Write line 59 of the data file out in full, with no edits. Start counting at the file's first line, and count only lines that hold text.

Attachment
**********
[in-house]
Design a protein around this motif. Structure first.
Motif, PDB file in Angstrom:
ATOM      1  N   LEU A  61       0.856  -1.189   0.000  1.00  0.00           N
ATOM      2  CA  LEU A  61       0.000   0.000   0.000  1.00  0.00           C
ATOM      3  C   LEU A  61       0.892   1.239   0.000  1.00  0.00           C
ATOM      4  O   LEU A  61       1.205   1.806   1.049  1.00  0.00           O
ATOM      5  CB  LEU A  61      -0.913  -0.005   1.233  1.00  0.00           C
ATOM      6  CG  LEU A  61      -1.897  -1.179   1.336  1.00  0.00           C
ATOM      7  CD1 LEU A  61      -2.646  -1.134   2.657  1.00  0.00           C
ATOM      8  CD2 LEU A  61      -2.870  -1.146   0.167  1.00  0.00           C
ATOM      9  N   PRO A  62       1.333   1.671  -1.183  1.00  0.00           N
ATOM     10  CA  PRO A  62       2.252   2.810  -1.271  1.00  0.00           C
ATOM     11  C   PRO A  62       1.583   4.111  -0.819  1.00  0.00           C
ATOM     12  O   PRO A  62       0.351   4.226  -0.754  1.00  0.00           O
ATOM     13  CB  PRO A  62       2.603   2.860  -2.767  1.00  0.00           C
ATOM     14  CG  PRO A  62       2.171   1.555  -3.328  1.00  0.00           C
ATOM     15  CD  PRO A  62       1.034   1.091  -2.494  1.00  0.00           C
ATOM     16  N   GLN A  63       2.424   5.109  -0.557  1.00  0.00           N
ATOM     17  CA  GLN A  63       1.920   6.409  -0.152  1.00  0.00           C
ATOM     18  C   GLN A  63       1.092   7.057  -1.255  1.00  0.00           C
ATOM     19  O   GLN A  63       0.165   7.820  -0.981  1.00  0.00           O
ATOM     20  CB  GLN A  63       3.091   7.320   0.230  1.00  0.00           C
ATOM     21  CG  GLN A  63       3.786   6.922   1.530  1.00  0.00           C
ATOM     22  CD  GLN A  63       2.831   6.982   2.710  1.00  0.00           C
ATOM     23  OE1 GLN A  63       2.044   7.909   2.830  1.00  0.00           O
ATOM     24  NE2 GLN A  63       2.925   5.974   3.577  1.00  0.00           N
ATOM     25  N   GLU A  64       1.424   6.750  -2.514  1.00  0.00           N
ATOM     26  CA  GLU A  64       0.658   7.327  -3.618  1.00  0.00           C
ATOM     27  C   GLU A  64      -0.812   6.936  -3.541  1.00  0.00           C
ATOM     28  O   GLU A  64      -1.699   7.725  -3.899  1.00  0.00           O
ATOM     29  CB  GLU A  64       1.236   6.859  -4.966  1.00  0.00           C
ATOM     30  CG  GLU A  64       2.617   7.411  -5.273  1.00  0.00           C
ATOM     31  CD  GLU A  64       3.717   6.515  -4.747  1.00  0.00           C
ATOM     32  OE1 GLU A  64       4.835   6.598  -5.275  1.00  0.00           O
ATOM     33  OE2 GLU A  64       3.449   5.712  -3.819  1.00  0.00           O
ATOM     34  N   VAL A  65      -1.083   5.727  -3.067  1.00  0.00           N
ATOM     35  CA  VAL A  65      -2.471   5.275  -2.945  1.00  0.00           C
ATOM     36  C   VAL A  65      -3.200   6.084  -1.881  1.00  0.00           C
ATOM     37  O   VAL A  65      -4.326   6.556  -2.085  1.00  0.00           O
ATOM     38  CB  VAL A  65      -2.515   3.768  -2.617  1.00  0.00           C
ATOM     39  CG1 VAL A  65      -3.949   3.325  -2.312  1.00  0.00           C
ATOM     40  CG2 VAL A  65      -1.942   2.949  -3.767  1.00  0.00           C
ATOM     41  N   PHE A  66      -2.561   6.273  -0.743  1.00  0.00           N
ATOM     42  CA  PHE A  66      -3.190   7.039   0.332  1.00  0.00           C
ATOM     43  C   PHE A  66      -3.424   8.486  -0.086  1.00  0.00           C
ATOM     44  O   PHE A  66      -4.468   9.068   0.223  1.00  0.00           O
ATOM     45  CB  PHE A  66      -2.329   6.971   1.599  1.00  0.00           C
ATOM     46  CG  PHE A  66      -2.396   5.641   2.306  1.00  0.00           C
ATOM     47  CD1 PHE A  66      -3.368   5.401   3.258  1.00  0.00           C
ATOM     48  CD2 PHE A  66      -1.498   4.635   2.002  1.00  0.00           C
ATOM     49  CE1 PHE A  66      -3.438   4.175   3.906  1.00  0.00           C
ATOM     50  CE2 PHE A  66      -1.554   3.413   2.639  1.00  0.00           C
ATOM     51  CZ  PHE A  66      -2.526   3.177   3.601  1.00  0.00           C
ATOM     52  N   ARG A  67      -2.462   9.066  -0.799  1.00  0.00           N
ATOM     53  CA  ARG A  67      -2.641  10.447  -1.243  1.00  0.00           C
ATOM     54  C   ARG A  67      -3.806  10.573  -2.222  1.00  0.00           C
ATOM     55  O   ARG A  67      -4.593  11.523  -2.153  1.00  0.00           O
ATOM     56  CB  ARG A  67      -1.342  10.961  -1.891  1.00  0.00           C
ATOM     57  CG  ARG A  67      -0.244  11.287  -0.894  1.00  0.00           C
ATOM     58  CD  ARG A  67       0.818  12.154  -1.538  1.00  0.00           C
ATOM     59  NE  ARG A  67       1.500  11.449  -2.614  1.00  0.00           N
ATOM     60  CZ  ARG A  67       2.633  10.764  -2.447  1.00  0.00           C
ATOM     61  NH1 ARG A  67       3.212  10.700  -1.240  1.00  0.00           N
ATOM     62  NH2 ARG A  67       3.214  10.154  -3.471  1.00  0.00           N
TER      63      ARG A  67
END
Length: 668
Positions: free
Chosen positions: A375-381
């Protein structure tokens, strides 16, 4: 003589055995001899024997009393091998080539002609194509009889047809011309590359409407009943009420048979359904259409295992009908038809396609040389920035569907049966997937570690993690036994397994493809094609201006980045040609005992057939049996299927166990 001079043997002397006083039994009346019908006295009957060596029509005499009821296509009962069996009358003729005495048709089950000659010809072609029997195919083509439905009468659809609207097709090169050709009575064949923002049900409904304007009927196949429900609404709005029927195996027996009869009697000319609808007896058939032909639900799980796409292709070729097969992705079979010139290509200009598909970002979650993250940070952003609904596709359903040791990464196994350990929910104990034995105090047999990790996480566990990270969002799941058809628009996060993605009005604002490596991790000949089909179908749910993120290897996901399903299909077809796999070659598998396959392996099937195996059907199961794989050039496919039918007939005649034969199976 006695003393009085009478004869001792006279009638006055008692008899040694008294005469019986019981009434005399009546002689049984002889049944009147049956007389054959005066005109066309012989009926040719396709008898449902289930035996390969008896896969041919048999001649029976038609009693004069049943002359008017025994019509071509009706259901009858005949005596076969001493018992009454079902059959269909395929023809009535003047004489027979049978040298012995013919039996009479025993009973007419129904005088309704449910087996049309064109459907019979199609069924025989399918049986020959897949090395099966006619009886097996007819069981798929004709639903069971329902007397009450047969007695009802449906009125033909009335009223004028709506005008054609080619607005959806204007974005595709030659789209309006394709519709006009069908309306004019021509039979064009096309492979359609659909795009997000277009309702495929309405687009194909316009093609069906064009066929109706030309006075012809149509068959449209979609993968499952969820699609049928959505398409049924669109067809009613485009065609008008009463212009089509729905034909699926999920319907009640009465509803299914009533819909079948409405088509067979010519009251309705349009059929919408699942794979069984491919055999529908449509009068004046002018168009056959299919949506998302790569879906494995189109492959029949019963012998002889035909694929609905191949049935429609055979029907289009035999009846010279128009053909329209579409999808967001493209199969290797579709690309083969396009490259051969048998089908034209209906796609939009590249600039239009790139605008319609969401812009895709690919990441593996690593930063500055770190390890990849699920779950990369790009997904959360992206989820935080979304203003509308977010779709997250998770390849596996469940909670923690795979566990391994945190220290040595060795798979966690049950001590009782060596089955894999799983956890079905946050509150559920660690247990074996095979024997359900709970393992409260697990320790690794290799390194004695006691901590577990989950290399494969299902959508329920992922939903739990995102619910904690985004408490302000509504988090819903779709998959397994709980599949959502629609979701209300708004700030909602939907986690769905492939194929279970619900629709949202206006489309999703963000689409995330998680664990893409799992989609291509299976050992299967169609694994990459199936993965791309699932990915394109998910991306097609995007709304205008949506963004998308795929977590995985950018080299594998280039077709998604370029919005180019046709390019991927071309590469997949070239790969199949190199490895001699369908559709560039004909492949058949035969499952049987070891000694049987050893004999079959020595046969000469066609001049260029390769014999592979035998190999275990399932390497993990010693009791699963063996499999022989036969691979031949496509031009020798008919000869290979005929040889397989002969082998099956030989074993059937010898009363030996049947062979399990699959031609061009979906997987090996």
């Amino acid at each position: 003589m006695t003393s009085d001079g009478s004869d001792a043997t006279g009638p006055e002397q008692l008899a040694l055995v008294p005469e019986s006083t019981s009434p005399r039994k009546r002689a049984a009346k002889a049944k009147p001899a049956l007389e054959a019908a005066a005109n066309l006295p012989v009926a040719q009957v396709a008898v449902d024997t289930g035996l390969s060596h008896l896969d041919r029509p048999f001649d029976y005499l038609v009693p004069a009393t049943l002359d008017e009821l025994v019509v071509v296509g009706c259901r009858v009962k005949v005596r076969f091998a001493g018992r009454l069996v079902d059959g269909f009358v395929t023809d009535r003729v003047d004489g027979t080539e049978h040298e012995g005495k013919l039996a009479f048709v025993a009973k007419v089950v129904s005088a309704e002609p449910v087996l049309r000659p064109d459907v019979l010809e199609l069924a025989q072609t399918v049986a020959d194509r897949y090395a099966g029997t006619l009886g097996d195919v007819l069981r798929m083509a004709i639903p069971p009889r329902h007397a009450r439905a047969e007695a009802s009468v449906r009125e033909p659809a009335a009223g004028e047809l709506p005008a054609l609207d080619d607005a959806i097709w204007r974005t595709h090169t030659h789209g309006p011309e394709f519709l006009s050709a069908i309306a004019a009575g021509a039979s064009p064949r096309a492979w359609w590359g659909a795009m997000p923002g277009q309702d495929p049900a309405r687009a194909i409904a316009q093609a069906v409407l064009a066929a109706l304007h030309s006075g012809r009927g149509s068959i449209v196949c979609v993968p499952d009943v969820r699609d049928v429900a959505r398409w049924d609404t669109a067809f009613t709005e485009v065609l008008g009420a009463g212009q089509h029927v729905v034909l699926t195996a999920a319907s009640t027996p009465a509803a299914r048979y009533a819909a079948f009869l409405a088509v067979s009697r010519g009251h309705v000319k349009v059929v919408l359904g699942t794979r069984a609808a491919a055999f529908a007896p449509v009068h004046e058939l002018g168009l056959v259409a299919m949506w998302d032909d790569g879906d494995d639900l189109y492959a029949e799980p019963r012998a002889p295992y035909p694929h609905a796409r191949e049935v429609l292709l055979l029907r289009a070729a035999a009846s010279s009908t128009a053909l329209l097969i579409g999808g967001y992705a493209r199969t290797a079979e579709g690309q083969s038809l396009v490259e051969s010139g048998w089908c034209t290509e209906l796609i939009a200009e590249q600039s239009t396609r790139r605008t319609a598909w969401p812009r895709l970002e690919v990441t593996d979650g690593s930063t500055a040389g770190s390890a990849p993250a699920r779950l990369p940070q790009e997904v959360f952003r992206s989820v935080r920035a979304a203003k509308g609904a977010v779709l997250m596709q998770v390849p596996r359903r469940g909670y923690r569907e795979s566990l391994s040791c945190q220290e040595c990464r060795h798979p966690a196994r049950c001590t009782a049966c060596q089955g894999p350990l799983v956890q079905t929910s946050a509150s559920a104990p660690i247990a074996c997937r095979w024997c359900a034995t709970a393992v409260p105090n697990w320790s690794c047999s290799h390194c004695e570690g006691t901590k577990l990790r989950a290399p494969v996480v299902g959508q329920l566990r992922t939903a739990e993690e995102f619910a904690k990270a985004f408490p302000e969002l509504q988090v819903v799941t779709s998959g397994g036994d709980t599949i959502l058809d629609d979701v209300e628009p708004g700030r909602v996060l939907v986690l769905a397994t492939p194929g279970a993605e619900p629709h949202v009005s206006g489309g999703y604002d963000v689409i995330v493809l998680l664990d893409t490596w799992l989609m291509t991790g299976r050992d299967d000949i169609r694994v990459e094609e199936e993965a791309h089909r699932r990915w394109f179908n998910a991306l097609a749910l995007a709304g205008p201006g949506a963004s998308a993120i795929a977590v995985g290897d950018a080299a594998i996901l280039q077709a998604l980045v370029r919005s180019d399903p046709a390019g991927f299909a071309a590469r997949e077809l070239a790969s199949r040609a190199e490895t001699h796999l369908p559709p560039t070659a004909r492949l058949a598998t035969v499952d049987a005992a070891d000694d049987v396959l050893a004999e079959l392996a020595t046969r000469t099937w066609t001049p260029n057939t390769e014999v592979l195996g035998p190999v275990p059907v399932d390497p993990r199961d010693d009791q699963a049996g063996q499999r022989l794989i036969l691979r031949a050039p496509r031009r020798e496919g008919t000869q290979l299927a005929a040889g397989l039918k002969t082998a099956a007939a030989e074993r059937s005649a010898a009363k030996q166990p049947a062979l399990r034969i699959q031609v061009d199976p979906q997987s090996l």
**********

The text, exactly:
ATOM     56  CB  ARG A  67      -1.342  10.961  -1.891  1.00  0.00           C